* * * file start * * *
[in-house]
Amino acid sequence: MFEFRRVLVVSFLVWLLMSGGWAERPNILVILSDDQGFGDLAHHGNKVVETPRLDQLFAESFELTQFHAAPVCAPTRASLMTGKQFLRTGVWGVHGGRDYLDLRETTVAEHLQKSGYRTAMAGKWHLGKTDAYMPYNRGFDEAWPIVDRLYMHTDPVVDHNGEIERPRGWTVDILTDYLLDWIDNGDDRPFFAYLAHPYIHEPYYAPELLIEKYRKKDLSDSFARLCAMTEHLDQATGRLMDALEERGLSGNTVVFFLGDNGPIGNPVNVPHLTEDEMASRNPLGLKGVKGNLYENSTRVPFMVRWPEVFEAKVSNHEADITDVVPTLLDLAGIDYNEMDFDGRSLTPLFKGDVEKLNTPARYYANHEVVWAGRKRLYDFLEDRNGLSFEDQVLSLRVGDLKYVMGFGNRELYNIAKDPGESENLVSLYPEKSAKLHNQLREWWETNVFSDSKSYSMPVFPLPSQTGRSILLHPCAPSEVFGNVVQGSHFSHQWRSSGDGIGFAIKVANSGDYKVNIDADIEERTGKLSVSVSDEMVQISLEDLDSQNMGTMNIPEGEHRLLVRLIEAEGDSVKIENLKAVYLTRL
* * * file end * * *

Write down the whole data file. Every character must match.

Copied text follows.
[in-house]
Amino acid sequence: MFEFRRVLVVSFLVWLLMSGGWAERPNILVILSDDQGFGDLAHHGNKVVETPRLDQLFAESFELTQFHAAPVCAPTRASLMTGKQFLRTGVWGVHGGRDYLDLRETTVAEHLQKSGYRTAMAGKWHLGKTDAYMPYNRGFDEAWPIVDRLYMHTDPVVDHNGEIERPRGWTVDILTDYLLDWIDNGDDRPFFAYLAHPYIHEPYYAPELLIEKYRKKDLSDSFARLCAMTEHLDQATGRLMDALEERGLSGNTVVFFLGDNGPIGNPVNVPHLTEDEMASRNPLGLKGVKGNLYENSTRVPFMVRWPEVFEAKVSNHEADITDVVPTLLDLAGIDYNEMDFDGRSLTPLFKGDVEKLNTPARYYANHEVVWAGRKRLYDFLEDRNGLSFEDQVLSLRVGDLKYVMGFGNRELYNIAKDPGESENLVSLYPEKSAKLHNQLREWWETNVFSDSKSYSMPVFPLPSQTGRSILLHPCAPSEVFGNVVQGSHFSHQWRSSGDGIGFAIKVANSGDYKVNIDADIEERTGKLSVSVSDEMVQISLEDLDSQNMGTMNIPEGEHRLLVRLIEAEGDSVKIENLKAVYLTRL